Sharrae over at Muslimahmediawatch posted recently about the responsibility that Muslim writers have when they speak on behalf of other women from similar backgrounds. She raises several aspects of this difficult issue that so much ink has been spilled about over the last few decades: being aware of privilege, how to discuss practices that oppress Muslim women while not falling into the trap of reproducing Orientalist stereotypes of Muslim women as passive victims awaiting a saviour, how to open up conversations so that a wide range of Muslim woman can tell their own stories in their own words. Her article responds to two recent controversies: the by now notorious article written by Mona Eltahawy in Foreign Affairs, and the less well-known dust-up in British Columbia (Canada) over a Muslim female niqab-wearing student’s photo of a woman wearing a niqab and holding a bra.
These recent controversies as well as Sharrae’s article brought back a lot of memories. My thinking (and acting) on the issues of representation and responsibility have gone through several phases over the years.
Reactive. [early 1980’s] I am a first-year university student, taking an upper-level class on Marxism. The class is interesting, and I am learning a lot, but I am really feeling out of my depth. Everyone is older—quite a lot older, in some cases—and they seem to know a lot more about everything than I do. A lot of them are city folks. Some have years of activist experience. My few attempts to take part in class discussion haven’t gone well, so I usually keep quiet.
Nearly everyone is white. The majority of students in the class are male, though there are some very outspoken female students. The professor, a white, middle-class, male, makes an effort to foster a more inclusive atmosphere and to avoid speaking on behalf of women by bringing in a (white) female guest speaker to give the (one) lecture devoted to examining Marxism and women.
After she gives the lecture, it’s question time. One of the white male students asks a question about the “Black Muslims” in the US and their future as a liberation movement. She gives several reasons why she doesn’t think that they have the potential to be a liberating force, and then adds, “…and they believe that women are inferior. It’s part of their religion.”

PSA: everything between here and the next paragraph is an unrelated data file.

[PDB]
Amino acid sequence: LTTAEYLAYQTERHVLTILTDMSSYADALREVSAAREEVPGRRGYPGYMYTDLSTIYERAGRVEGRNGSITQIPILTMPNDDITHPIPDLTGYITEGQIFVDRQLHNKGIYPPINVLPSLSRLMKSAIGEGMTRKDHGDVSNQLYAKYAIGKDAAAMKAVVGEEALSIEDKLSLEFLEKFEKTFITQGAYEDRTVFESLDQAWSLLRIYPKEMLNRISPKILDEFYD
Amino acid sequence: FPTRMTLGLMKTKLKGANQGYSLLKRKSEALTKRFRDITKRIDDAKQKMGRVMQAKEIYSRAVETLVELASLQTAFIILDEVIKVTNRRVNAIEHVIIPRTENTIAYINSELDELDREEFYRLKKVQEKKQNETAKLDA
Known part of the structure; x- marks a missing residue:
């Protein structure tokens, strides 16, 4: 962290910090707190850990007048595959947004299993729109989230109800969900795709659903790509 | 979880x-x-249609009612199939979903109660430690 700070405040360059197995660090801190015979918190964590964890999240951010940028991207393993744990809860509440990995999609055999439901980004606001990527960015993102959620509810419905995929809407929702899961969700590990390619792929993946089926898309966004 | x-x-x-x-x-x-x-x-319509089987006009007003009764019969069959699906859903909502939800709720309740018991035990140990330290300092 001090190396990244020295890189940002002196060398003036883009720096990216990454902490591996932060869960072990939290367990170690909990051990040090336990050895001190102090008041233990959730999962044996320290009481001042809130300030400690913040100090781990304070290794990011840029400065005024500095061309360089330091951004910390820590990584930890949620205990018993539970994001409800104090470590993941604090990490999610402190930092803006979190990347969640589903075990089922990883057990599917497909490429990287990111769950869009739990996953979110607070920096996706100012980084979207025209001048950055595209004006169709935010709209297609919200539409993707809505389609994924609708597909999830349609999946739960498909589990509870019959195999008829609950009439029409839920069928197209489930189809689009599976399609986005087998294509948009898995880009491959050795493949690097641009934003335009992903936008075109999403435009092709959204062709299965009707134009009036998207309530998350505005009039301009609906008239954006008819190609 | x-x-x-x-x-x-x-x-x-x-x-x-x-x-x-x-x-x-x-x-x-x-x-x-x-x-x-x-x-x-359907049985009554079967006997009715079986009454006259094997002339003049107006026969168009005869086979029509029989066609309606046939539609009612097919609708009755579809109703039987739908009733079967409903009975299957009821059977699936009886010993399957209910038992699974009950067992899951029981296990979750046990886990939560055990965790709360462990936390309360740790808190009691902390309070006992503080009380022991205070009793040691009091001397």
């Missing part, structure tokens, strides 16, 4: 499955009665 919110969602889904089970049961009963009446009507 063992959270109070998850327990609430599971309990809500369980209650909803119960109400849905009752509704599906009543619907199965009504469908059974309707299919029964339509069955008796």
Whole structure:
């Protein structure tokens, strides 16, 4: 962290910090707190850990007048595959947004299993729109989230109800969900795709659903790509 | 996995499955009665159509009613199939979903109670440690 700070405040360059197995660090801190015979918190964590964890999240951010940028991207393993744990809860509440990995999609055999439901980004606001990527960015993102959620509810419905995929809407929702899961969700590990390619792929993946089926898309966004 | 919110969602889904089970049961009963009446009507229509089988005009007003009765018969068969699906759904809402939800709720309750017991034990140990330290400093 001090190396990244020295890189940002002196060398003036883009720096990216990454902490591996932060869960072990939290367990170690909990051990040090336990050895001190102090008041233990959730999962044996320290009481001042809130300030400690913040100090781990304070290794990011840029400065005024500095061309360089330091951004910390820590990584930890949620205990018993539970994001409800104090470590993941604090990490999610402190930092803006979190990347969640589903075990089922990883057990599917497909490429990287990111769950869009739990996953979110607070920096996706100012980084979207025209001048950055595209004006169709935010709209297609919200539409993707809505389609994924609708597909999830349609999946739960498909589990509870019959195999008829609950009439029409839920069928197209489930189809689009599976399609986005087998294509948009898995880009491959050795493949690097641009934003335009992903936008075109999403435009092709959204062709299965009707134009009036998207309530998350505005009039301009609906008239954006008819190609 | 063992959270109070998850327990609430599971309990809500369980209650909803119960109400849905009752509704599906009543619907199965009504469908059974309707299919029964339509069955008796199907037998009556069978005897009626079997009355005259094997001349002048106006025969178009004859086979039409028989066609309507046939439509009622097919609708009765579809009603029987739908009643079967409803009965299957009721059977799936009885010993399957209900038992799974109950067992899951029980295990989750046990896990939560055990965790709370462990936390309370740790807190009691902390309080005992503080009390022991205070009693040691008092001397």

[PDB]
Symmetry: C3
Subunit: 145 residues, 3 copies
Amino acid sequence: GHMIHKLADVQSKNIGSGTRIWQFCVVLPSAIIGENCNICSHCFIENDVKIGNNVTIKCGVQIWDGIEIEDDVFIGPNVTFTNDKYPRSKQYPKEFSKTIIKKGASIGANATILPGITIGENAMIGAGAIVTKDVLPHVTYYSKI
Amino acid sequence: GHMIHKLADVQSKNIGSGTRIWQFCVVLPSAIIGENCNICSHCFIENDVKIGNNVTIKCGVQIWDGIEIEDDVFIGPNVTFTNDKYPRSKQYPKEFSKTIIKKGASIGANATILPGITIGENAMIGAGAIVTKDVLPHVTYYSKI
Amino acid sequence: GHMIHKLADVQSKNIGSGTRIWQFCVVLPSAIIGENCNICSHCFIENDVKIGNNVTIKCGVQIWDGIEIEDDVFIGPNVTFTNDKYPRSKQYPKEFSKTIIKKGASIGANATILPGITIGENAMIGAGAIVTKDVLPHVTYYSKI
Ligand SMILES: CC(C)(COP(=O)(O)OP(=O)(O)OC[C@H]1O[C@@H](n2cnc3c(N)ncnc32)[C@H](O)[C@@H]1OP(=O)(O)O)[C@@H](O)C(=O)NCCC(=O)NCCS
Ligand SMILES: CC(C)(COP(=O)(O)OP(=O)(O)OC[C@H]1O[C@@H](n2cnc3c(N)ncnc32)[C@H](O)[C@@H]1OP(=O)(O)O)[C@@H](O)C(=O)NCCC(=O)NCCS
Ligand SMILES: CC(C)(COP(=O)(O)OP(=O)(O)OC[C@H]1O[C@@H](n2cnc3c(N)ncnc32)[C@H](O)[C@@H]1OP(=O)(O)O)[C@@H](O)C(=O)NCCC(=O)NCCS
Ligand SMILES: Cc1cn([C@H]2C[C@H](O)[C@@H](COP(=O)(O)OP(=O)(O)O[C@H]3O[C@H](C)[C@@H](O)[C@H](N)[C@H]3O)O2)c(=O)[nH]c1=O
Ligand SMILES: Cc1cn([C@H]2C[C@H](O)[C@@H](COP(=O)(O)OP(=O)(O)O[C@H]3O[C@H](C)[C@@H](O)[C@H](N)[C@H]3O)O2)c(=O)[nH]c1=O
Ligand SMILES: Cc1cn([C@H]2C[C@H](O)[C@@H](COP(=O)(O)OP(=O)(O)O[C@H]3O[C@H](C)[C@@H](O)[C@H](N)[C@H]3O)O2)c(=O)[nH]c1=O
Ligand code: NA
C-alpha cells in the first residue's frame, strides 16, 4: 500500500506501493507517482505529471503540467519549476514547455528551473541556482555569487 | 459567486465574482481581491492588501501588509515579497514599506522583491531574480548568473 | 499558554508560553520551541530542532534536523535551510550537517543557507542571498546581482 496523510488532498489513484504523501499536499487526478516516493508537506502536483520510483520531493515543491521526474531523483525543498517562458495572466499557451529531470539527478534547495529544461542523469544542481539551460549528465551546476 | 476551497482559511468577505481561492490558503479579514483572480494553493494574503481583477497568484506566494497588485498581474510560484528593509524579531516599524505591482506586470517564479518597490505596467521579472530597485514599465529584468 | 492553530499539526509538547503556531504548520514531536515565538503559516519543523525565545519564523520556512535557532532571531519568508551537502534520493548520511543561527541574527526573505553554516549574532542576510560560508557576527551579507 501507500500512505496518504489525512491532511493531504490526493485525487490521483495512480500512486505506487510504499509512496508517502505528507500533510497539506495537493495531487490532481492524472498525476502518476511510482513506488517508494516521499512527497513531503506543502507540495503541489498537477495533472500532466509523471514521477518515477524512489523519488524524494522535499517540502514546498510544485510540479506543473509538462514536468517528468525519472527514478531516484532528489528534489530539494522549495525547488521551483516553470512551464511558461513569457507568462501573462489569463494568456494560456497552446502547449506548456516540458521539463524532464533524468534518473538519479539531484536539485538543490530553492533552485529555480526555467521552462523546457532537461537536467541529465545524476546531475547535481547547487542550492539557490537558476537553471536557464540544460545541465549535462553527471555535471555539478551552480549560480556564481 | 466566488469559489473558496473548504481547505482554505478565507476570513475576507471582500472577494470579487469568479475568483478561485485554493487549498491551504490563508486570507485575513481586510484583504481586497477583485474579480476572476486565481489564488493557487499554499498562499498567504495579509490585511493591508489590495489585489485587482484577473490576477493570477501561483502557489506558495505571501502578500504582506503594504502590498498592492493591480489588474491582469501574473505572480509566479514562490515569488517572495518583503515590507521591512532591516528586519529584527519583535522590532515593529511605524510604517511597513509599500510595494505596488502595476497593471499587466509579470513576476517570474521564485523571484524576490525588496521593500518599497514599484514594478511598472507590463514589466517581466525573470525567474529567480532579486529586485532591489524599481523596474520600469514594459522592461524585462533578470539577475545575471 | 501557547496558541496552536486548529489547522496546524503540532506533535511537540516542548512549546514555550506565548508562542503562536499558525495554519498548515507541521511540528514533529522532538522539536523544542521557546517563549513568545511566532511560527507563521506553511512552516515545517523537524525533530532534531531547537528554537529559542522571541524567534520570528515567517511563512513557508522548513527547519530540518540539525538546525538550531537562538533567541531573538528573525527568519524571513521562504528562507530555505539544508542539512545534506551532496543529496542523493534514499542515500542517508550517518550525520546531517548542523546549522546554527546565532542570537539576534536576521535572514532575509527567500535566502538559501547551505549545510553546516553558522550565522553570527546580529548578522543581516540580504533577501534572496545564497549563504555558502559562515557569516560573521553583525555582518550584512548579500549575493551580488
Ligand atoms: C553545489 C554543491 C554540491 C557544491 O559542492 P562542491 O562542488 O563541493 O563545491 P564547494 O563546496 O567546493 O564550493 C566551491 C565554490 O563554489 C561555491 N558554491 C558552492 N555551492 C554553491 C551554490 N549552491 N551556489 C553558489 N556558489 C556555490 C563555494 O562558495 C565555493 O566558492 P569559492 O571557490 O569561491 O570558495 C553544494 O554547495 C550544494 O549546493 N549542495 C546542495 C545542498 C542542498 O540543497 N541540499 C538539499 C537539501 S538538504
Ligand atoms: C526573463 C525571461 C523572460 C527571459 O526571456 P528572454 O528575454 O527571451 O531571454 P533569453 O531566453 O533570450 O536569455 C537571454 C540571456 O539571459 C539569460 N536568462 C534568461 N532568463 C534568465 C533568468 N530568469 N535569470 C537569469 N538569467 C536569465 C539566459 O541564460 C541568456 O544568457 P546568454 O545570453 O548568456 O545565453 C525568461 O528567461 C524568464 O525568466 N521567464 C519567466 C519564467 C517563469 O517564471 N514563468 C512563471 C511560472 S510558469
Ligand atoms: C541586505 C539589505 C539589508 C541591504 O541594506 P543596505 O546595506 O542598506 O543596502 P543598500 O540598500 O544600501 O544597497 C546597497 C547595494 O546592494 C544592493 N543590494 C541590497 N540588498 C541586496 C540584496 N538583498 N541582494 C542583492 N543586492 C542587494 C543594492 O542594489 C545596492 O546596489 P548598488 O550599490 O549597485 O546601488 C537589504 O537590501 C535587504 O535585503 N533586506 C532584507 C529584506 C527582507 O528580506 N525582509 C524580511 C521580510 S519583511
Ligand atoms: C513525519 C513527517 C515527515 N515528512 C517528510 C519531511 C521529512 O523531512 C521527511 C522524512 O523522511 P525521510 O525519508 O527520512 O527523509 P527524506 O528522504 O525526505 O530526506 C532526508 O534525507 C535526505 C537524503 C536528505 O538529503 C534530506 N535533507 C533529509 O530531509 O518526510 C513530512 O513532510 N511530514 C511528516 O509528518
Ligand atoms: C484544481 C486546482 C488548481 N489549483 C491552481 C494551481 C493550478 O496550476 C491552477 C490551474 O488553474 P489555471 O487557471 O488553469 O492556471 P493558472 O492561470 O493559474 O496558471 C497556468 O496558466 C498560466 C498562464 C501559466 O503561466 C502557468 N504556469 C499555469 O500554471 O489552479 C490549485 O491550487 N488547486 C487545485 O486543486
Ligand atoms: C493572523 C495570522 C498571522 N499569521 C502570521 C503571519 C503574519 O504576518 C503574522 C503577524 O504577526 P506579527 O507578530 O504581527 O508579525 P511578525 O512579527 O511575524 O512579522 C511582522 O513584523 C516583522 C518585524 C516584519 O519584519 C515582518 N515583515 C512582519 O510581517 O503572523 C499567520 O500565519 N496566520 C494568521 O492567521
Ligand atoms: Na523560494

I blurt out, “That’s not true!”
Pin-drop silence. All eyes turn to me. My heart sinks to the pit of my stomach. What on earth had made me do that? I am not the kind of student who shouts things out in class. Especially not in a class that I am petrified of failing. A class in which everyone knows a lot more than I do.
The speaker looked at me, and with a faint sneer, invited me to explain further.
I hardly remember what I said, beyond something about how Muslim women have the right to receive a mahr when they get married, and that this is their own property to use as they please… and some other stuff that I had read in Jamal Badawi’s pamphlet, “The Status of Woman in Islam.” What I remember is my disgust at her arrogance—who the hell did she think she was, dismissing an entire community like that?—coupled with my own intense embarrassment at having to speak in front of a bunch of older students who were clearly not at all convinced by the points I was trying to make.